Turnagain Pass RSS

Archives
ARCHIVED - Forecasts expire after 24 hours.
Issued
Sun, February 11th, 2024 - 7:00AM
Expires
Mon, February 12th, 2024 - 7:00AM
Forecaster
Andrew Schauer
Avalanche risk The Bottom Line

The avalanche danger is CONSIDERABLE above 1000′. It is likely a person will be able to trigger a large avalanche on weak snow buried 2 to 3′ deep. It will also be easy to trigger avalanches near the surface where recent strong winds have blown the snow into sensitive slabs that will remain reactive today. Don’t let today’s quiet weather fool you- conditions remain dangerous and we’re sticking with low-angle terrain to avoid this problem for now. The danger will be MODERATE below 1000′ where the same problems may exist but will be harder to find.

Special Announcements

SnowBall 2024 is almost here! This Wednesday- Valentine’s Day, Feb 14 (7-11pm @ 49th St Brewing). The evening promises costumes, finger food, a rocking band, silent auction, and of course plenty of great company. Join us in supporting Chugach Avy as well as the Alaska Avalanche School. Details and tickets HERE.

Sun, February 11th, 2024
Alpine
Above 2,500'
3 - Considerable
Avalanche risk
Treeline
1,000'-2,500'
3 - Considerable
Avalanche risk
Below Treeline
Below 1,000'
2 - Moderate
Avalanche risk
Mon, February 12th, 2024
Alpine
Above 2,500'
3 - Considerable
Avalanche risk
Treeline
1,000'-2,500'
3 - Considerable
Avalanche risk
Below Treeline
Below 1,000'
2 - Moderate
Avalanche risk
Mon, February 12th, 2024
Alpine
Above 2,500'
3 - Considerable
Avalanche risk
Treeline
1,000'-2,500'
3 - Considerable
Avalanche risk
Below Treeline
Below 1,000'
2 - Moderate
Avalanche risk
0 - No Rating
1 - Low
2 - Moderate
3 - Considerable
4 - High
5 - Extreme
Avalanche risk Avalanche risk Avalanche risk Avalanche risk Avalanche risk
Travel Advice Generally safe avalanche conditions. Watch for unstable snow on isolated terrain features. Heightened avalanche conditions on specific terrain features. Evaluate snow and terrain carefully; identify features of concern. Dangerous avalanche conditions. Careful snowpack evaluation, cautious route-finding, and conservative decision-making essential. Very dangerous avalanche conditions. Travel in avalanche terrain not recommended. Extraordinarily dangerous avalanche conditions. Avoid all avalanche terrain.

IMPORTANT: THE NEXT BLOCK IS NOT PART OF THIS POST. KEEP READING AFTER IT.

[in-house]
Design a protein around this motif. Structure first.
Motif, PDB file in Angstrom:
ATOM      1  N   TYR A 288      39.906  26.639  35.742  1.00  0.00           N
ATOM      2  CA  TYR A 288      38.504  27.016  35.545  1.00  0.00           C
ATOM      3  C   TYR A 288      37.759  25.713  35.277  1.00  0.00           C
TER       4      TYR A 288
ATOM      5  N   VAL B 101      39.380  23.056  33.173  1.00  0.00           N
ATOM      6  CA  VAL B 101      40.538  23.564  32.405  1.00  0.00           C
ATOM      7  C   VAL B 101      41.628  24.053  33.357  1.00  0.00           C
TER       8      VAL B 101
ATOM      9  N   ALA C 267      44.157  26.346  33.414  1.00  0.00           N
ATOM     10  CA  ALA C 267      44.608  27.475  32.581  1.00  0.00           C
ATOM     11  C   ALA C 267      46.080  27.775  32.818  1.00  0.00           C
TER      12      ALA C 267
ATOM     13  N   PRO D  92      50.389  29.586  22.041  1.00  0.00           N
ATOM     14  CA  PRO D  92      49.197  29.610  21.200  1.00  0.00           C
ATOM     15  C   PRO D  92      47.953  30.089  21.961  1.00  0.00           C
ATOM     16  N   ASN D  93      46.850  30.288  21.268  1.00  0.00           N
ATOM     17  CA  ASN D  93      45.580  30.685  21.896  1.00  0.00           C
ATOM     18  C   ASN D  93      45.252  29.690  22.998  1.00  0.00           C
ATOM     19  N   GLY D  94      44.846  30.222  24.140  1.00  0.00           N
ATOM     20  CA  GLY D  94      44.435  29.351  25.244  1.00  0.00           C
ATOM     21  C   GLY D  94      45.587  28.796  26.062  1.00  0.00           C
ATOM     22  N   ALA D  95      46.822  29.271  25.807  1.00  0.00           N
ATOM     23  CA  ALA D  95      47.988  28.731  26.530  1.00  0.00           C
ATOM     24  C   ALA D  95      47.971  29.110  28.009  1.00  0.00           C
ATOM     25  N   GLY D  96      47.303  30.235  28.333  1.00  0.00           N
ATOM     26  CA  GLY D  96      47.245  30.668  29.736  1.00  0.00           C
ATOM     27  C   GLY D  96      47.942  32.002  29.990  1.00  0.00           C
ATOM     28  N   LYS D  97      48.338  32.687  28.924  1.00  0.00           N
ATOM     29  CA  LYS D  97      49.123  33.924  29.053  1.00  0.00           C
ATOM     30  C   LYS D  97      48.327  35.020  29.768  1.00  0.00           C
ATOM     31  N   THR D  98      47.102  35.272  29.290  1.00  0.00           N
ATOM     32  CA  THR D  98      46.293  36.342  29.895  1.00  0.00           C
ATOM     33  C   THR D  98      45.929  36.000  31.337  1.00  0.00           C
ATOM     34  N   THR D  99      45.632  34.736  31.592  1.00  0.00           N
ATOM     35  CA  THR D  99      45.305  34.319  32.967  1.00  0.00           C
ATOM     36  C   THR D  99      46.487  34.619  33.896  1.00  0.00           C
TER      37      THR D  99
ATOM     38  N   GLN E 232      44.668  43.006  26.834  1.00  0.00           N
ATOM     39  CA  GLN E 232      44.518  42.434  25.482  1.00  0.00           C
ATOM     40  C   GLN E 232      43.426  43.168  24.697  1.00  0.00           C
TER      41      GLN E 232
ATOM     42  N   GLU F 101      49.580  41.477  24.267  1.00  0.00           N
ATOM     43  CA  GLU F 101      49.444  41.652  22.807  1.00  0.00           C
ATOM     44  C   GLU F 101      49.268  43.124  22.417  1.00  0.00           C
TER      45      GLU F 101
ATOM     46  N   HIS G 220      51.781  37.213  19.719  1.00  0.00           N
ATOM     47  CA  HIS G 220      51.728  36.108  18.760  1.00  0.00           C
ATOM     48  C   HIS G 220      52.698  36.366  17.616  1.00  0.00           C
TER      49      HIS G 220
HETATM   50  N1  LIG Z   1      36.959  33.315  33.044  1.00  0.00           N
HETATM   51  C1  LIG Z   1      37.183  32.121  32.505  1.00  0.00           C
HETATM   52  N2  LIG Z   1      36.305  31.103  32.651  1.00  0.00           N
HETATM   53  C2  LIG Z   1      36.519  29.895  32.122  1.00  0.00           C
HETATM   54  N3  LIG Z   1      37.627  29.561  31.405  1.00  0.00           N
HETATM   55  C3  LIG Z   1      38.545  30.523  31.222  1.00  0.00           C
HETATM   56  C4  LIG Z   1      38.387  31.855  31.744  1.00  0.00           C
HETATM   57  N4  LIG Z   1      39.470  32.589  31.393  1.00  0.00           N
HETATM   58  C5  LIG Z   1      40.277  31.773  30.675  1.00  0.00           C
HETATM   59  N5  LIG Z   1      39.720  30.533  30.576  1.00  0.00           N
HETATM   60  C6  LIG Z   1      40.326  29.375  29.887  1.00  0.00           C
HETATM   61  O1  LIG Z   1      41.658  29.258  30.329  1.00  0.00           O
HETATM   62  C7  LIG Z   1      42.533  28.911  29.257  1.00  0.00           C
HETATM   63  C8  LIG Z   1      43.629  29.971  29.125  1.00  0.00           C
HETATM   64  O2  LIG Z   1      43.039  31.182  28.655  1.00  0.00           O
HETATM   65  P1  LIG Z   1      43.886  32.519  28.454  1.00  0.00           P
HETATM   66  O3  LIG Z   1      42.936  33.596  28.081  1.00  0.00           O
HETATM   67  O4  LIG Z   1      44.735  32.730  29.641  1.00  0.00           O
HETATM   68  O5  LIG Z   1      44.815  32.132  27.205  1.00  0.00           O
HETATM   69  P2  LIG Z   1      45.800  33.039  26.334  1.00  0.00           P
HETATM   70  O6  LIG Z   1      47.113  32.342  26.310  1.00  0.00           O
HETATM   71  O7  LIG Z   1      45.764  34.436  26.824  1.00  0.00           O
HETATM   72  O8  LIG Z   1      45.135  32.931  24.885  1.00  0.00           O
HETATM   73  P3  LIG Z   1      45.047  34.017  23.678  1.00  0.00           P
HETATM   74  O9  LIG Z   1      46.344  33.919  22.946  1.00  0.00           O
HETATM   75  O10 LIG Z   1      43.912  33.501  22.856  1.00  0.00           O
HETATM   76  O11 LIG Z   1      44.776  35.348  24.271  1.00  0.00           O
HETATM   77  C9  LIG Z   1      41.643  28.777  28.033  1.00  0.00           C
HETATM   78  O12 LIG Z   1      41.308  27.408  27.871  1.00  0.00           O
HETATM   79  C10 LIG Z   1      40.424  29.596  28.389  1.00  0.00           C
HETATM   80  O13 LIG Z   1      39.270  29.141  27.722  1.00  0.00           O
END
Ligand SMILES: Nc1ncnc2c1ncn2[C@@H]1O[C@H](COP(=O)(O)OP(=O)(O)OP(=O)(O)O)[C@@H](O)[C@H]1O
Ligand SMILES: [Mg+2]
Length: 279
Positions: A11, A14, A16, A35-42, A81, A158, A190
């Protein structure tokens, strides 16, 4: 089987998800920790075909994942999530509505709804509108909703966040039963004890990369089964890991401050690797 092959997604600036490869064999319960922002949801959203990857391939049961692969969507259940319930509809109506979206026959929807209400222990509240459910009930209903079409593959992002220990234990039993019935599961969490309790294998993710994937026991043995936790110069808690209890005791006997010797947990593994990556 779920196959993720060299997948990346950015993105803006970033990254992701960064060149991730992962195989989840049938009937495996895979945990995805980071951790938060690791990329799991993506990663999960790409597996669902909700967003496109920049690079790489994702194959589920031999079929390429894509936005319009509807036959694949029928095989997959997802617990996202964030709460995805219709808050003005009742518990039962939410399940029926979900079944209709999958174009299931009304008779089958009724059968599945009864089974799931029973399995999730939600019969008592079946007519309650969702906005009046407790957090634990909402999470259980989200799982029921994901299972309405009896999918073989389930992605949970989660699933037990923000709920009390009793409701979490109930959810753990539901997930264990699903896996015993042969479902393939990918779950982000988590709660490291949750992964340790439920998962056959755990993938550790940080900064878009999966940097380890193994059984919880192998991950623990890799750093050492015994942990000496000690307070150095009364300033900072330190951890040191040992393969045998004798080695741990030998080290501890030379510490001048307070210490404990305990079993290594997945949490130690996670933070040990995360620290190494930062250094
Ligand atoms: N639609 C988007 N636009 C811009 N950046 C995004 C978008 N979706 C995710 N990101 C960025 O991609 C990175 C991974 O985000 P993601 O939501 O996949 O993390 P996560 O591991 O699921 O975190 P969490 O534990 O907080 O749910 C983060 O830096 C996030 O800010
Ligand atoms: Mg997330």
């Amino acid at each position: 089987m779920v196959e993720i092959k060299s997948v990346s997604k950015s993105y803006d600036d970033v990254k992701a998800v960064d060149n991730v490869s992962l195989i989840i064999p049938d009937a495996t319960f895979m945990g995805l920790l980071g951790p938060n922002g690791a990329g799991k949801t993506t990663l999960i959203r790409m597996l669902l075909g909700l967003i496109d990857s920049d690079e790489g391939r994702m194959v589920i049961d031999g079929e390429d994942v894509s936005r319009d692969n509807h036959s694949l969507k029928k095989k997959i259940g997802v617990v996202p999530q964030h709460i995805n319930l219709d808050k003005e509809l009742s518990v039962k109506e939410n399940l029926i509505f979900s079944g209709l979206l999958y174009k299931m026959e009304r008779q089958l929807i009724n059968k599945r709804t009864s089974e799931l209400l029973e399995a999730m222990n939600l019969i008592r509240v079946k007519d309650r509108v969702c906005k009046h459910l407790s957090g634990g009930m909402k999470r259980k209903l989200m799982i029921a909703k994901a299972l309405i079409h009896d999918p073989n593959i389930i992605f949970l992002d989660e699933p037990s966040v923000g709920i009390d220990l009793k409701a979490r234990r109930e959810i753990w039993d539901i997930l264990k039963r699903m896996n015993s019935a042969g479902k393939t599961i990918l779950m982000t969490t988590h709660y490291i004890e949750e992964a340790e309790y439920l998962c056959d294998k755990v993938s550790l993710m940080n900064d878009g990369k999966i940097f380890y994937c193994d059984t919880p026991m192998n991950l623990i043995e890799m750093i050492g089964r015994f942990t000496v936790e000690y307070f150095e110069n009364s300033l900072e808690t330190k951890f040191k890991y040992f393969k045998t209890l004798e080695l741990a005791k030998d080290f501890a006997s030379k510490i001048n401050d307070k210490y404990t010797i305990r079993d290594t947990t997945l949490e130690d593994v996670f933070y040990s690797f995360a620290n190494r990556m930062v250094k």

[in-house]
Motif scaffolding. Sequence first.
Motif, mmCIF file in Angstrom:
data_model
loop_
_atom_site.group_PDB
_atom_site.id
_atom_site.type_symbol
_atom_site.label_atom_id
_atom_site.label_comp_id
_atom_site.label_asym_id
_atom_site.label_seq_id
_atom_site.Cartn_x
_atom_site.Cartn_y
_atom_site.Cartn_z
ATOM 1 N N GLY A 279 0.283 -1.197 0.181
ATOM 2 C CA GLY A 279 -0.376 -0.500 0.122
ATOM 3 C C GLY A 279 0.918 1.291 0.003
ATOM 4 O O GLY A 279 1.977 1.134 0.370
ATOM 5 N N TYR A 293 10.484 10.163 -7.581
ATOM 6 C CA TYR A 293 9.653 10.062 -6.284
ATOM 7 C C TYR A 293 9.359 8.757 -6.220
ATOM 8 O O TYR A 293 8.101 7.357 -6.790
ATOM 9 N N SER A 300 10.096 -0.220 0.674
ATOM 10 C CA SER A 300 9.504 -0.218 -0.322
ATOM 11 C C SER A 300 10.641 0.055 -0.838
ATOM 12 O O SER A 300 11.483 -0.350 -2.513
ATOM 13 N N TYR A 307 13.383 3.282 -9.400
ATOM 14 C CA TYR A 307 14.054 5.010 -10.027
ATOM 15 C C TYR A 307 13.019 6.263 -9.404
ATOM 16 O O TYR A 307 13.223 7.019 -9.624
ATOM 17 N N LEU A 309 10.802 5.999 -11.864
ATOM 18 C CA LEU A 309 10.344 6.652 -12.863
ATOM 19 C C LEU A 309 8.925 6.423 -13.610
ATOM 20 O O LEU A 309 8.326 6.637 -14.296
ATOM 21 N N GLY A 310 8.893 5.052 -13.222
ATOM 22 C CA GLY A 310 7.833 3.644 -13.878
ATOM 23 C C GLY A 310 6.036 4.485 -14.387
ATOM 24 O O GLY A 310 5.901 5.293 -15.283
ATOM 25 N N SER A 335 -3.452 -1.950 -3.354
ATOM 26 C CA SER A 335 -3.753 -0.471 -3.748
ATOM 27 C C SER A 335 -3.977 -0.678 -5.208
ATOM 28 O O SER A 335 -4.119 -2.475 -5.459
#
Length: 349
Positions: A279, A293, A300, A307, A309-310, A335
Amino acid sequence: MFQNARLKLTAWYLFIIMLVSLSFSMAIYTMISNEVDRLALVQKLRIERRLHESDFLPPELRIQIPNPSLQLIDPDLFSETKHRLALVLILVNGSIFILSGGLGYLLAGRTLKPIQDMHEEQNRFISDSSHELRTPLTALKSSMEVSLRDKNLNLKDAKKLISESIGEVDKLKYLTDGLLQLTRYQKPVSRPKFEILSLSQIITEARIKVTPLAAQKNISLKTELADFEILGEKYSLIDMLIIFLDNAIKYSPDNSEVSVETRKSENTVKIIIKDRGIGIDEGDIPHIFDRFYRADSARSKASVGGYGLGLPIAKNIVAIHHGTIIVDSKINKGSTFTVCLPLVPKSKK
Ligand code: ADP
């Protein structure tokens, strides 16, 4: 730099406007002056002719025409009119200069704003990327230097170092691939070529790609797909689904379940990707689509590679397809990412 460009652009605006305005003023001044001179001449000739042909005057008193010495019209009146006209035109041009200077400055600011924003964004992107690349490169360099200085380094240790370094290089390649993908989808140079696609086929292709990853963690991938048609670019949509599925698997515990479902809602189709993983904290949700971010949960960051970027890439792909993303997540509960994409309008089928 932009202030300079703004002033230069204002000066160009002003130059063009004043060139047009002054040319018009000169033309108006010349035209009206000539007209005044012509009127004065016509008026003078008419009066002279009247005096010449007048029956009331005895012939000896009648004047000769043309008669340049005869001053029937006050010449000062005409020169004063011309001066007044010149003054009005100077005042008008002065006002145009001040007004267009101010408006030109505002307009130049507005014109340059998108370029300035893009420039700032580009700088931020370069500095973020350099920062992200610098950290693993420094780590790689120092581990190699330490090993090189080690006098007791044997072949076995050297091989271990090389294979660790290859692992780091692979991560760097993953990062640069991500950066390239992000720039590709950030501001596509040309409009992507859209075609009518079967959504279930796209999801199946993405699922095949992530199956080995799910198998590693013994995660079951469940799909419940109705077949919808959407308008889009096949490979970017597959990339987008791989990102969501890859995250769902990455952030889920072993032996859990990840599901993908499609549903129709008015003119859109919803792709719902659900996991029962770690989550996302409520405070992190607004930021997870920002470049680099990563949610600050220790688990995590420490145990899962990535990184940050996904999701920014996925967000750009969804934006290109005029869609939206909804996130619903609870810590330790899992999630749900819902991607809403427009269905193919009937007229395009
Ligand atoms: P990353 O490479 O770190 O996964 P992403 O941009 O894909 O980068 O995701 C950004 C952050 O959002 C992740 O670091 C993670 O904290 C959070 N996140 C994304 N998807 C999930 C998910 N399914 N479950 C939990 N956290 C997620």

Likelihood of Avalanches Natural and human-triggered avalanches unlikely. Natural avalanches unlikely; human-triggered avalanches possible. Natural avalanches possible; human-triggered avalanches likely. Natural avalanches likely; human-triggered avalanches very likely. Natural and human-triggered avalanches certain.
Avalanche Size and Distribution Small avalanches in isolated areas or extreme terrain. Small avalanches in specific areas; or large avalanches in isolated areas. Small avalanches in many areas; or large avalanches in specific areas; or very large avalanches in isolated areas. Large avalanches in many areas; or very large avalanches in specific areas. Very large avalanches in many areas.
Recent Avalanches

A snowmachine triggered two avalanches in Main Bowl yesterday. Details are sparse, but the avalanches look to have failed on slopes that were loaded with snow and wind during the recent storm. Nobody was caught or buried in the avalanches.

Across the highway on Eddie’s Ridge, a skier triggered an avalanche about 80′ wide and 2.5-3′ deep, running about 120 vertical feet. As far as we know nobody was caught or carried in the avalanche.

Two Snowmachinie-triggered avalanches in Main Bowl yesterday (Feb. 10). Nobody was caught or buried. Photo shared by Joseph Fiskeaux on social media, 02.10.2024.

Skier-triggered avalanche on Eddie’s Ridge. Photo: Rafael Pease, 02.10.2024

Avalanche Problem 1
  • Persistent Slabs
    Persistent Slabs
  • Aspect/Elevation
  • Certain
    Very Likely
    Likely
    Possible
    Unlikely
    Likelihood
  • Historic (D4-5)
    Very Large (D3)
    Large (D2)
    Small (D1)
    Size
Persistent Slabs